The gastric bypass operation is performed by laparoscopic surgery to reduce the stomach and cause food to go directly from this reduced stomach towards the end of the intestine (“bypassing” most of the intestine, hence its name).
The surgery involves two stages:
First, the stomach is reduced from about 1000 CC in an obese person to about 50 CC, dividing it into two parts at its highest point: the smallest part of the stomach receives the food that comes from the mouth and the “residual” part that continues secreting the biliopancreatic juices.
The second part of the intervention is bridging the intestine so that the secretion of biliopancreatic juices and food join at 75-200 cm from the stomach and, therefore, a great portion of the ingested food DOES NOT get absorbed. For this purpose, the intestine is also divided and part of it joins the small stomach and another part is rerouted at a distance of 75-200 cm. The malabsorption produced by this technique is the reason for weight loss success but in view of the risks that it poses it should only be used in selected patients.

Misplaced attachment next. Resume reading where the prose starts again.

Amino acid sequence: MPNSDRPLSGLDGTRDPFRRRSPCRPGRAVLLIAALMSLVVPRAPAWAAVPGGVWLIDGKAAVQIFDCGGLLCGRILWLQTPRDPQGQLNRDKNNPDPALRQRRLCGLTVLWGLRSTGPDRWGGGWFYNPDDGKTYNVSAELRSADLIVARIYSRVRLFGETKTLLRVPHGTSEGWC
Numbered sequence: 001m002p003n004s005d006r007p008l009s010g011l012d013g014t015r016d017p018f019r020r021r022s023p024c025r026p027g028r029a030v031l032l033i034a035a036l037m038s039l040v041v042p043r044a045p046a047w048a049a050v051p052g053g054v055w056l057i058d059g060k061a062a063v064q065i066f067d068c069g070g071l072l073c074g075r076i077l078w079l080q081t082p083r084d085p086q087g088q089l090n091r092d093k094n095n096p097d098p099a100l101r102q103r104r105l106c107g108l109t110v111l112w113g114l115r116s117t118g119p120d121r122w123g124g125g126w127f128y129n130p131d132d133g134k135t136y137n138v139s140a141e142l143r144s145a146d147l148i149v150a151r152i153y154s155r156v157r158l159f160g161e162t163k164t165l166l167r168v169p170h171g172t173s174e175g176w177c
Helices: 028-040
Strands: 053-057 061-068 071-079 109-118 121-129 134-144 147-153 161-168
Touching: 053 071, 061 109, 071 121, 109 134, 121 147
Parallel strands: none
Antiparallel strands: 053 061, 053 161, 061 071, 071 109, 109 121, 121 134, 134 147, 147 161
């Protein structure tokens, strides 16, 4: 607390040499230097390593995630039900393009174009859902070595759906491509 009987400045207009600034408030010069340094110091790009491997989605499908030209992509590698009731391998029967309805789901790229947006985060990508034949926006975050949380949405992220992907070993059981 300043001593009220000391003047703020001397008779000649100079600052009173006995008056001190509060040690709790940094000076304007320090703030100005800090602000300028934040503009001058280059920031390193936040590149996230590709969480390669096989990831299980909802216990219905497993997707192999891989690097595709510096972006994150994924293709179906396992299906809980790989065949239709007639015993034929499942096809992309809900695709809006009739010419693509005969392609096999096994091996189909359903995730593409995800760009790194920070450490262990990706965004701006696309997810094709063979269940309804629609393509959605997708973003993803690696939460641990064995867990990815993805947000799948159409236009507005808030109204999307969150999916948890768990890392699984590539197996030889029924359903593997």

For optimal results, it is necessary that the patient follows some recommendations regarding his diet. The diet after gastric bypass is liquids during the first two weeks; then, you advance to a soft diet, and then, to a normal diet, making these changes gradually. By diverting the normal route of food absorption, it is necessary to take multivitamins and calcium permanently and indefinitely because the absorption of these gets altered by surgery.